Photo: Ariana Cubillos / AP

Wash Your Hands, Wear Facemasks, Keep Social Distance

Flexibilizing quarantine will probably lead to increased contagion rates, which are already out of control. The regime can’t keep pretending to do miracles. Don’t leave your house if you don’t have to

  • 97 cases of COVID-19 were confirmed yesterday, bringing the new total to 3,484. Nicolás highlighted 46 cases of local infection, only to explain that 14 of those are tied to the outbreak in Las Pulgas market in Maracaibo and 13 are in Caracas. Delcy Rodríguez mentioned five cases in the state of Miranda, four in Bolívar, four in Falcón, three in Carabobo, two in Mérida and one in Lara. Nobody said anything about the responsibilities in the protocols of Integral Attention Posts (PASI) on the borders that keep multitudes for a long time, and they only asked for “drastic measures to reactivate a functioning sanitary barrier.” 
  • Nicolás admitted the “virus is on the streets.” He assumed that in Bolívar state, “unscrupulous trocheros are charging between 100 and 150 dollars to take infected people from Boa Vista (Brasil), which have infected, into eastern Venezuela, mainly in Bolívar.” He didn’t explain whose responsibility it is to guard the borders and why they aren’t doing it. He asked citizens to denounce anyone who has used this method to come back to the country. Rodríguez said that the “vector of imported cases caused this situation” and that the outbreak in Las Pulgas is responsible for 373 cases and it’s the largest one. Nicolás said that he’ll strengthen quarantine measures in Distrito Capital, Aragua, Bolívar, Miranda, Vargas and Zulia and said that one of the suggestions is closing the Caracas’ subway and stopping public transport, something he didn’t confirm later.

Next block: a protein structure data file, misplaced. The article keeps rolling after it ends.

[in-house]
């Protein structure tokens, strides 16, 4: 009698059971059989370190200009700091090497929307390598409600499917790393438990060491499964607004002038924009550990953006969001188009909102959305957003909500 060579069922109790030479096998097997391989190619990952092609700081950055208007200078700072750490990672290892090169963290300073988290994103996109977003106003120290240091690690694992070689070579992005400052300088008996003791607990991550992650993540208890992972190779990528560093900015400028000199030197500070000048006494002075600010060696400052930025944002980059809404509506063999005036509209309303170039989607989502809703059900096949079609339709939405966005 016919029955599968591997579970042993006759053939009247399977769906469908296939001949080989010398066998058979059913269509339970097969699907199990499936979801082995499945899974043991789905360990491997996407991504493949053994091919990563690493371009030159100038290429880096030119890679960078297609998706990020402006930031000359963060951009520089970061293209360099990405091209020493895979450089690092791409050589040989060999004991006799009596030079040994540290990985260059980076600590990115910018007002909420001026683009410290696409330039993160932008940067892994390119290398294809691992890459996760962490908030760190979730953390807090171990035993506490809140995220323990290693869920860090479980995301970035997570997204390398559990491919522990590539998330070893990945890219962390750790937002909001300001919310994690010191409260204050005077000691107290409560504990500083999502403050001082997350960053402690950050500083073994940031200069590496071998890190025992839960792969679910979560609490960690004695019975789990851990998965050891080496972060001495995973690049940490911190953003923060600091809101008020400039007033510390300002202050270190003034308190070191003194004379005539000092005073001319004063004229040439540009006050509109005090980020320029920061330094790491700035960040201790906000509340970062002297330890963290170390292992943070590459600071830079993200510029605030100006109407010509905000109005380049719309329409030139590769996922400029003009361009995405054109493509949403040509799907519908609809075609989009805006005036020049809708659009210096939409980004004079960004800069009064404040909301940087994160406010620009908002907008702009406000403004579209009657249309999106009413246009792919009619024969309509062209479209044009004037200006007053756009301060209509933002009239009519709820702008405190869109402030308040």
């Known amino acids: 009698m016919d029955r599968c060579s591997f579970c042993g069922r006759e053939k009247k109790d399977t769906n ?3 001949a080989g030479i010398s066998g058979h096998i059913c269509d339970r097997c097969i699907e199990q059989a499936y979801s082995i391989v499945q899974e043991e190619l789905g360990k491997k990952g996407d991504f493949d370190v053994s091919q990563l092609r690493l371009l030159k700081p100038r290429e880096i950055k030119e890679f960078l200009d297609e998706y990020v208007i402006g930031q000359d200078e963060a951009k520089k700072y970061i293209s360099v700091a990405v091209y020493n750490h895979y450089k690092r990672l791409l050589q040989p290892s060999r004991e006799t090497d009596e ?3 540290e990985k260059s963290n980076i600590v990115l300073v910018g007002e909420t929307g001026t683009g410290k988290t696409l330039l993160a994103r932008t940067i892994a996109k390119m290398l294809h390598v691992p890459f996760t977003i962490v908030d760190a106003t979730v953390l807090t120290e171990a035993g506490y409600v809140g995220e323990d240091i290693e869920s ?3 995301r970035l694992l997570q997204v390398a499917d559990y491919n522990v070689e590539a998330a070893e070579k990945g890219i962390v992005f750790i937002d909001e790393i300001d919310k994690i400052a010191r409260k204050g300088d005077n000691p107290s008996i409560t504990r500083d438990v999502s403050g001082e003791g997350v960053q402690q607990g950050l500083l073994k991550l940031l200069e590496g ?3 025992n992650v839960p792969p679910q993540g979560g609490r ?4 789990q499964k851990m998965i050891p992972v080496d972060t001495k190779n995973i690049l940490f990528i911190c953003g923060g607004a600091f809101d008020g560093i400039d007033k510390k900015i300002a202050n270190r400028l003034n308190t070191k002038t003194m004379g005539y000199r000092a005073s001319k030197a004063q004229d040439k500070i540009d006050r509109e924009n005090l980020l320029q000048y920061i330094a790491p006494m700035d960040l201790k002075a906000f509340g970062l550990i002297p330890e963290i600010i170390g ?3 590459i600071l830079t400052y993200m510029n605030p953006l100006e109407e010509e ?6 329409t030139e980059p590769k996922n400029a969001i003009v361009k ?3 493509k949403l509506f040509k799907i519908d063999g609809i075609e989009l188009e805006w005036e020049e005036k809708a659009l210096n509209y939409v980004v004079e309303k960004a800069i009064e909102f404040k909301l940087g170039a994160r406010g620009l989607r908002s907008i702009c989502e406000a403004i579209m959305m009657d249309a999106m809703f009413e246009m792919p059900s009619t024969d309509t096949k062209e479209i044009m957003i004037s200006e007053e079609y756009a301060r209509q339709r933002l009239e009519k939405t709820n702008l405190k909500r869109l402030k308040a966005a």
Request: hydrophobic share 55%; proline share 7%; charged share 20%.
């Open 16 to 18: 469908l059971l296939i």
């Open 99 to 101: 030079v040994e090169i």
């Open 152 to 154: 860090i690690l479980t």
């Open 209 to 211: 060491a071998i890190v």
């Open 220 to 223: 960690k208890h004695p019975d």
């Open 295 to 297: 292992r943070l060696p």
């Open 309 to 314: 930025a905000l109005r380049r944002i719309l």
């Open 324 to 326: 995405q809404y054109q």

• The National Assembly expressed concern for the increase of COVID-19 cases in Venezuela in the last couple of weeks. Deputies warned that it’s fake that Nicolás’s regime has the pandemic under control and that it’s too soon to soften measures. Deputies called on the population to protect itself with minimum protocols: constantly washing hands, using facemasks and social distancing. Deputy Manuela Bolívar called infections in health workers a serious issue, as are active outbreaks in vulnerable populations, like Pemon and Wayuu peoples. She also warned about the impact of more flexible measures, saying that we’ll see the results in two or three weeks, which could multiply contagion and reiterated the call for decentralizing PCR tests to increase diagnostic capabilities, a measure that was approved but hasn’t been executed. María Teresa Pérez said that in Venezuela, only 2% of tests are PCR, because of the low capacity of labs and because we don’t have enough test kits.
  • The AN approved a rejection of the scheme to “steal gas bought from Iran” to deliver it to Cuba. They also rejected Guyana’s intention to take the Esequibo case to the ICJ (that court has no jurisdiction and Venezuela didn’t authorize it) and appointed a commission to investigate vandalism in the Universidad de Oriente.